Collection of the Luigi Chinetti Trust, Stuart, Florida

Sponsored by: Sara and Richard Bovender

Legendary automaker Enzo Ferrari had firm ideas. Although his company successfully raced rear-engine Grand Prix and sports prototype cars, he was convinced that powerful mid-engine cars for the road were simply “too dangerous” for private customers. But coachbuilder Sergio Pininfarina strongly believed that mid-engine production models would be the next important Gran Turismo (GT) car trend, so when he succeeded his father as Ferrari’s chief builder of road-going models, he initiated a bold design study to convince the company of their merits.

The stunning result was the Ferrari 365 P Tre Posti (three seat), Ferrari’s first full-sized twelve-cylinder road car, with seats for two passengers located alongside and slightly behind the center driver’s seat. A centralized steering wheel and similarly located instruments and controls provided a high level of driver visibility and anticipated the modern McLaren F1.

The Tre Posti is replete with iconic Ferrari styling cues, such as an oval-shaped egg-crate grille and Perspex-covered headlamps. The curved glass window behind the passenger compartment became a feature on Ferrari production cars, as did the taillight assemblies with their triple circular lights. From the outset, the Tre Posti was designed to be a functioning, road-going berlinetta. Inside, it was furnished with a three-spoke wood-rimmed steering wheel, electrically operated windows, black long-grain leather upholstery, and bright red carpets.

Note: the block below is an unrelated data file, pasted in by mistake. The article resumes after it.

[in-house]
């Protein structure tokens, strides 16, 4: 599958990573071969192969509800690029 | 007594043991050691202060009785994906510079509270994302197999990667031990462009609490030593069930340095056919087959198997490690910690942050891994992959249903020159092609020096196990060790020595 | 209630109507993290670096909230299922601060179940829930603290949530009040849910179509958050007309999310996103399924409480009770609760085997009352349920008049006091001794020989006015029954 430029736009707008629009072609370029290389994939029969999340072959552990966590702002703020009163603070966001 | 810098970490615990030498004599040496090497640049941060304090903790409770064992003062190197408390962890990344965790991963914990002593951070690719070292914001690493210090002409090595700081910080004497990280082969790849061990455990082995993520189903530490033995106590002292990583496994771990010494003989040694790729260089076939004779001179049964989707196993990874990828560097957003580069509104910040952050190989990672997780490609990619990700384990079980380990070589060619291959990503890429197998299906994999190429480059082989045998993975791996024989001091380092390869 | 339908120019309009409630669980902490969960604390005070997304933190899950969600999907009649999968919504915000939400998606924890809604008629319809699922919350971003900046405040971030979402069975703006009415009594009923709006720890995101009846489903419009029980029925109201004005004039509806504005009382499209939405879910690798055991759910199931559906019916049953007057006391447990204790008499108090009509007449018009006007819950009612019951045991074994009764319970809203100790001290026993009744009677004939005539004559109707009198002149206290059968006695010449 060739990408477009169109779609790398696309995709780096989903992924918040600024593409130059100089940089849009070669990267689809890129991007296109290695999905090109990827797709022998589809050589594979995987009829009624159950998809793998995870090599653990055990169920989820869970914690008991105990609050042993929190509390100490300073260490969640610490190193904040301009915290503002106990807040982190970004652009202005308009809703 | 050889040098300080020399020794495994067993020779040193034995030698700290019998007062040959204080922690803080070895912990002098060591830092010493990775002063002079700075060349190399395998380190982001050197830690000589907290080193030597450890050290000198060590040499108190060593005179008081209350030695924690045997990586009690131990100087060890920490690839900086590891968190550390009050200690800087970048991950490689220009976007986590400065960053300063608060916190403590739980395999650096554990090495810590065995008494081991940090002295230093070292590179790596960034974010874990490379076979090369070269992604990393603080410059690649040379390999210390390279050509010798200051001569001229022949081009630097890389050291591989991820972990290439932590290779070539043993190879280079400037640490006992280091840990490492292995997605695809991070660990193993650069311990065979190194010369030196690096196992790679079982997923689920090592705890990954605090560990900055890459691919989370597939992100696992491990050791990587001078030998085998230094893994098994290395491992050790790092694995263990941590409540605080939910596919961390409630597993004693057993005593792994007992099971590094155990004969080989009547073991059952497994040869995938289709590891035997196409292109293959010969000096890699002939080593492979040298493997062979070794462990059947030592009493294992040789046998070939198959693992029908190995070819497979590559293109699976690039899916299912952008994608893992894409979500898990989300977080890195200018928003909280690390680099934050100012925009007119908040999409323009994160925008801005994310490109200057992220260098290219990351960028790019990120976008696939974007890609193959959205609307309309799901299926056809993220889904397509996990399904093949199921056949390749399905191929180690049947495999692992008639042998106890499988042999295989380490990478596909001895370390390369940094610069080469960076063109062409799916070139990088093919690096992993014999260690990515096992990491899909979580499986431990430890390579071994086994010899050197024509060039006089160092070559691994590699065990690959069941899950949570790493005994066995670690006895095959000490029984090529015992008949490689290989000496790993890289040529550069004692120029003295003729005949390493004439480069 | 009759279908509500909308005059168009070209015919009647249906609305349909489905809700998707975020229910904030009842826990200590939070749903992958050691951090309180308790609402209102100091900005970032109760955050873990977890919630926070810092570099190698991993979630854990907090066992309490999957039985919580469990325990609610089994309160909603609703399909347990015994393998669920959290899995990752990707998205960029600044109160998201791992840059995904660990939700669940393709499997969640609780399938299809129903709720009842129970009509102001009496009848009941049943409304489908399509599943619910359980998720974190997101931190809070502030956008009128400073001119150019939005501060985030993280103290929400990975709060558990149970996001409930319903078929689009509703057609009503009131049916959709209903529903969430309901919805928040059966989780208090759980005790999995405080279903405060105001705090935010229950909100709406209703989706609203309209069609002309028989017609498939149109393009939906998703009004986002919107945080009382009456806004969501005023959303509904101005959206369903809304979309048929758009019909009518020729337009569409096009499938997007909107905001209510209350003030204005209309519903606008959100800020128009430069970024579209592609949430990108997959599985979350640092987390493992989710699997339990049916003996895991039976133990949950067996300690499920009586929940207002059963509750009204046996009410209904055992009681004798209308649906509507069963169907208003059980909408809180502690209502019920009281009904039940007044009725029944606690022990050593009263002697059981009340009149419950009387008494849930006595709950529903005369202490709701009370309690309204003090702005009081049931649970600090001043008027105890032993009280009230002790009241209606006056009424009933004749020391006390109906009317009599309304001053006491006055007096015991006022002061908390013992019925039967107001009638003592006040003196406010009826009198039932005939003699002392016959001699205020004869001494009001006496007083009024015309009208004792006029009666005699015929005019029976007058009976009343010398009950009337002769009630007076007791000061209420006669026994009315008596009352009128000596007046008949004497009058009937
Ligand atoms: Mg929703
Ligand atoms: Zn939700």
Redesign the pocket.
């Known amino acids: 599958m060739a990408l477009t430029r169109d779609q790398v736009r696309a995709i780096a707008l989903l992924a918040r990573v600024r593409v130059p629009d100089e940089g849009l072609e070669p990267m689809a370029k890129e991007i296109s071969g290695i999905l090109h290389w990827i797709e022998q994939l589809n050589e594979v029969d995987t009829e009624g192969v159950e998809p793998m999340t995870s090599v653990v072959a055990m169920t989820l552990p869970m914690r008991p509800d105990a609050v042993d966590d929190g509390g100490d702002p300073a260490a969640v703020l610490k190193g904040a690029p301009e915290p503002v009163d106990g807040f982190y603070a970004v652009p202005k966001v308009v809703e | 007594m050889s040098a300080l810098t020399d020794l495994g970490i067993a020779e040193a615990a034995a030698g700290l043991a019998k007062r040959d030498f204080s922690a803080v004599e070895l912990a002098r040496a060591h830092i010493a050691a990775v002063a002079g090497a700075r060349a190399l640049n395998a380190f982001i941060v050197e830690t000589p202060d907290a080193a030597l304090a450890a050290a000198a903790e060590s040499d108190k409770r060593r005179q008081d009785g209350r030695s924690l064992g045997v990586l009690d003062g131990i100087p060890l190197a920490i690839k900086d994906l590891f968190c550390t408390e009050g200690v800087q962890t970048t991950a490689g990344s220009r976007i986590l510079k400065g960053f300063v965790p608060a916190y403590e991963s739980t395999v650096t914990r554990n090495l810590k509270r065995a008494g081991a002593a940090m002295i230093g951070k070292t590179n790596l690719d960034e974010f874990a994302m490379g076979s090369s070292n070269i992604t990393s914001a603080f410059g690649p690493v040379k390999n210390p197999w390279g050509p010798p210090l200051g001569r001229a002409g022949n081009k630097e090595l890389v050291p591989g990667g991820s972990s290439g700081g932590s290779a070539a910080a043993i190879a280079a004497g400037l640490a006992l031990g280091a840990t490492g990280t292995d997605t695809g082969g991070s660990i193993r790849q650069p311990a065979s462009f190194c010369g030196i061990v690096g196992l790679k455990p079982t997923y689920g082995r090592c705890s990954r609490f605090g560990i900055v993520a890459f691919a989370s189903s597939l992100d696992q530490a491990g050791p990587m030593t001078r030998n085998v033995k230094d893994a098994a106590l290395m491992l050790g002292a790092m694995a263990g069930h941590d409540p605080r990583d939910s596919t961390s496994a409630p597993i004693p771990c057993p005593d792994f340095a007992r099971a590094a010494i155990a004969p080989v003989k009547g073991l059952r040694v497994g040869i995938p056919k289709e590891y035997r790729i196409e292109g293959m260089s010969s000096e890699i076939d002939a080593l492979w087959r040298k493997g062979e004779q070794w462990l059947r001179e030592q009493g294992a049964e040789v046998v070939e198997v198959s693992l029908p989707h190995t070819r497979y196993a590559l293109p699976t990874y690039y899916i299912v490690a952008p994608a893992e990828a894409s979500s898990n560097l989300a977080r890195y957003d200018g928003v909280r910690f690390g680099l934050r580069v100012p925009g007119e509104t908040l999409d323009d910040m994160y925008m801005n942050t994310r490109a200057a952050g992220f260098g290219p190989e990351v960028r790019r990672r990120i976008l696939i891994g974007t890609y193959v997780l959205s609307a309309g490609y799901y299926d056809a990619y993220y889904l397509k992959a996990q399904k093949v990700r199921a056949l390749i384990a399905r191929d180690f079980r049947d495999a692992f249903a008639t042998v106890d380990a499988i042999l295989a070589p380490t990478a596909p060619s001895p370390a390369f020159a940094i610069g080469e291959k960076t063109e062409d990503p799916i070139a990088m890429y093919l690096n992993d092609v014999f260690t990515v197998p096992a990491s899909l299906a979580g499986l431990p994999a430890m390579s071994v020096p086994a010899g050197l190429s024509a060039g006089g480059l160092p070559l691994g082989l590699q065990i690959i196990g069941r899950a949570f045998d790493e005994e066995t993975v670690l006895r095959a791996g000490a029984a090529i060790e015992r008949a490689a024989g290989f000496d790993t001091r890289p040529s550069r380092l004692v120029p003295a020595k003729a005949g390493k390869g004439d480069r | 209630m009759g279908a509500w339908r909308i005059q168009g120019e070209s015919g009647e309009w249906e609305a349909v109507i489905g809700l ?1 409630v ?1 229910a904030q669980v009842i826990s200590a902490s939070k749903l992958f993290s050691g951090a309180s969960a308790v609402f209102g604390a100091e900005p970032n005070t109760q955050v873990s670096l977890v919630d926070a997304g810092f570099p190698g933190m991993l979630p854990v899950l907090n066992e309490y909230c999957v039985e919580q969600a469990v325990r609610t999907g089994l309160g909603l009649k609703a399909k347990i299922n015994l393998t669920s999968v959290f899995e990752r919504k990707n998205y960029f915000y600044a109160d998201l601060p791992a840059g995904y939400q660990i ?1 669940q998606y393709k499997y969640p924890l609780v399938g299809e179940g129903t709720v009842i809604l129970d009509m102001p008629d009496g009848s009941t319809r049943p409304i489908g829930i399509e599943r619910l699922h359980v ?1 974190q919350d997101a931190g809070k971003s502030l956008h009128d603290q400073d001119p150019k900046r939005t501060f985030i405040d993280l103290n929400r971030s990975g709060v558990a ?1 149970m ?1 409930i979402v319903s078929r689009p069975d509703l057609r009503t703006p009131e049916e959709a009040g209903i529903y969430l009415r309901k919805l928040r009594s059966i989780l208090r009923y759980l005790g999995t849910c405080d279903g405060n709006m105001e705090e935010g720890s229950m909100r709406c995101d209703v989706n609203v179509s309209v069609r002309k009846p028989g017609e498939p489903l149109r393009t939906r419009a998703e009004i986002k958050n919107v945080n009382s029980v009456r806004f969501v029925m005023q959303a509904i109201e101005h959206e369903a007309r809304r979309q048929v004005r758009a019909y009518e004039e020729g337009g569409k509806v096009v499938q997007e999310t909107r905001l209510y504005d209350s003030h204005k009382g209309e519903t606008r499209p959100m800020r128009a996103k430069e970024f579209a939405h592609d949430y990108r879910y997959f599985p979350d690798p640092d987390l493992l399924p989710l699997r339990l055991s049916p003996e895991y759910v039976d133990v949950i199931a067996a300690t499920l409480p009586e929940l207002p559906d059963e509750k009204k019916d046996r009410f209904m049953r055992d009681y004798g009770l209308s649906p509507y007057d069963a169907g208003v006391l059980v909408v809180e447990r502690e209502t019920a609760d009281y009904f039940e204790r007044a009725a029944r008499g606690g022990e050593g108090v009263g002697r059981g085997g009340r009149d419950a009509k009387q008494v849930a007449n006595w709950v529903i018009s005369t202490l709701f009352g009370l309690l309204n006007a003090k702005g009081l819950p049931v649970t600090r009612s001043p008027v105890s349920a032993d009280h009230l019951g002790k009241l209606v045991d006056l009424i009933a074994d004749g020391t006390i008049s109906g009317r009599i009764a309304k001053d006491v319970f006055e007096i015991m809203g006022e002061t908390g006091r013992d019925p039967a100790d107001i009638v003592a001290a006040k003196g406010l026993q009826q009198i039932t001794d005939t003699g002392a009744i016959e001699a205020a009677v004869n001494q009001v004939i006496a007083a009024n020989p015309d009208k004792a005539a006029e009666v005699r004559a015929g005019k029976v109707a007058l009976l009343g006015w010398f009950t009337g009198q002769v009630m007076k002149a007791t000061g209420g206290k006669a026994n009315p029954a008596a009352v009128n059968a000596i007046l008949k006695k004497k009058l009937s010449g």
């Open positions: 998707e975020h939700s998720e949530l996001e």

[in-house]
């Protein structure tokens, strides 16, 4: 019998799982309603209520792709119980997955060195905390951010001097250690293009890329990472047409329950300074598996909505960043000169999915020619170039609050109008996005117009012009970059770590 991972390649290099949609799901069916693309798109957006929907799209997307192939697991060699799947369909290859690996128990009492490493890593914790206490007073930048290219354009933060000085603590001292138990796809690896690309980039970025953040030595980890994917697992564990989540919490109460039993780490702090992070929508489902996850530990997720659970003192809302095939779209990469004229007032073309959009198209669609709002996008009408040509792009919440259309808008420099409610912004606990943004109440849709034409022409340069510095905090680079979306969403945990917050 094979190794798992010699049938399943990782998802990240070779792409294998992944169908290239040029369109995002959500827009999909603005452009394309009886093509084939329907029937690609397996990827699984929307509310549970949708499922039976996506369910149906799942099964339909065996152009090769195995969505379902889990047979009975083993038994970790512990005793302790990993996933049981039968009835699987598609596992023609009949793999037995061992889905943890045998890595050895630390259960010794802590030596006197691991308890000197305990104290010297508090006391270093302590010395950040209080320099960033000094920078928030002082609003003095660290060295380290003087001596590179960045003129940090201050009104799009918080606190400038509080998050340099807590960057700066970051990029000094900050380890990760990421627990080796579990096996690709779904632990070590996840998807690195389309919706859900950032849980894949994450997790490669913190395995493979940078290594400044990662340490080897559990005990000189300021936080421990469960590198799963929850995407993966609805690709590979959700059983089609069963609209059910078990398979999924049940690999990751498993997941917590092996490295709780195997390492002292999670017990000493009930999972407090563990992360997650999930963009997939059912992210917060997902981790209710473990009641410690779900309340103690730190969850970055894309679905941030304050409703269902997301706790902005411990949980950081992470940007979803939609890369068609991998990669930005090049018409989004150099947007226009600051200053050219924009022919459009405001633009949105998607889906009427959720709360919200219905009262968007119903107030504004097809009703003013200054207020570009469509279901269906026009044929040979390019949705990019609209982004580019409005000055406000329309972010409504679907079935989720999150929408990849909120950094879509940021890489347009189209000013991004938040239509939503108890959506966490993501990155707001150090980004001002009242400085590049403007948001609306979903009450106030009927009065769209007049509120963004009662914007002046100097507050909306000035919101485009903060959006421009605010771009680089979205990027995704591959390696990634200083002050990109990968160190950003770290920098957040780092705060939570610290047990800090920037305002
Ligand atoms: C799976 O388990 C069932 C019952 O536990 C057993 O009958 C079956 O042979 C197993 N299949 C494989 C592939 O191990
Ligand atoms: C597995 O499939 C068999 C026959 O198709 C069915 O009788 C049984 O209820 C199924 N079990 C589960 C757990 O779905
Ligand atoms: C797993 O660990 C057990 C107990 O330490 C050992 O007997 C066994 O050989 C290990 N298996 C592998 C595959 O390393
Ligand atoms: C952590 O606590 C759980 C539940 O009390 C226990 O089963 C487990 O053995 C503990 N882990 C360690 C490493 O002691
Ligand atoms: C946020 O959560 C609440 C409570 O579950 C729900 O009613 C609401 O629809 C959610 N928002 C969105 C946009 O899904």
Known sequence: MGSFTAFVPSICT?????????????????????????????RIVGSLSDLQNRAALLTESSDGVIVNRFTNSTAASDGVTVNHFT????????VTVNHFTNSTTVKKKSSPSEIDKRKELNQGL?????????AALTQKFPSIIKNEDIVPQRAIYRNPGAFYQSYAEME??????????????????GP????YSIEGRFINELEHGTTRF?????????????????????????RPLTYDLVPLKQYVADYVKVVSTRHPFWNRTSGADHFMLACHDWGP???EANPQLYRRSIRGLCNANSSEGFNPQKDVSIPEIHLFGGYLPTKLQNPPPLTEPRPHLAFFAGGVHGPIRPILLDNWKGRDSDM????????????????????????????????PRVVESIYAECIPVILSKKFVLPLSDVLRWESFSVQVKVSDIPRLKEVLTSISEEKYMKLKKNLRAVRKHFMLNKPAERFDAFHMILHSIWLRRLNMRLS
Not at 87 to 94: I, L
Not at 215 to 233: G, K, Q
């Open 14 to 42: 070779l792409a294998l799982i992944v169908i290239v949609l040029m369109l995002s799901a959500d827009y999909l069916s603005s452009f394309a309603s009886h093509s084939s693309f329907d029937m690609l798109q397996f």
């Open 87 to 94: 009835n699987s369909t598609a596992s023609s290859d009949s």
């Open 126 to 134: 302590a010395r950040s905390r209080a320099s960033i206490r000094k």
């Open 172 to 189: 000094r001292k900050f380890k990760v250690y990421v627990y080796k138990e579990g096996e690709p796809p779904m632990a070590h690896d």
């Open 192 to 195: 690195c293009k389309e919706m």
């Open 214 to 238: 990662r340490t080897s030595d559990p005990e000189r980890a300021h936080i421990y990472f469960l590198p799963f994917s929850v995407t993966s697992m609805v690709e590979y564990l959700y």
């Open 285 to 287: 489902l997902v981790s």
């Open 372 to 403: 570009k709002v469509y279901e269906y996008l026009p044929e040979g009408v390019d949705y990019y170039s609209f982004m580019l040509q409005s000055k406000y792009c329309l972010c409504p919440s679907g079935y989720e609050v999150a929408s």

The engine is a SOHC, twenty-four-valve, 4.4-liter Ferrari V-12, developing 380 bhp, backed by a five-speed manual transaxle. Competition features include an integrated chrome roll bar, an outside fuel filter, five-spoke cast alloy wheels, a competition pedal box, and a gated shifter. This car, S/N (serial number) 8971, was a hit at the 1966 Paris Auto Salon, and it was subsequently displayed at the Los Angeles Auto Show. It was then purchased by Luigi Chinetti Sr., a three-time winner of the 24 Hours of Le Mans and the founder of Ferrari in North America.

—Adapted from the exhibition catalogue essay by Ken Gross

Please consider supporting the Frist Art Museum with a donation. Your gift is essential to our mission of serving the community through the arts and art access in particular. We truly appreciate your generosity.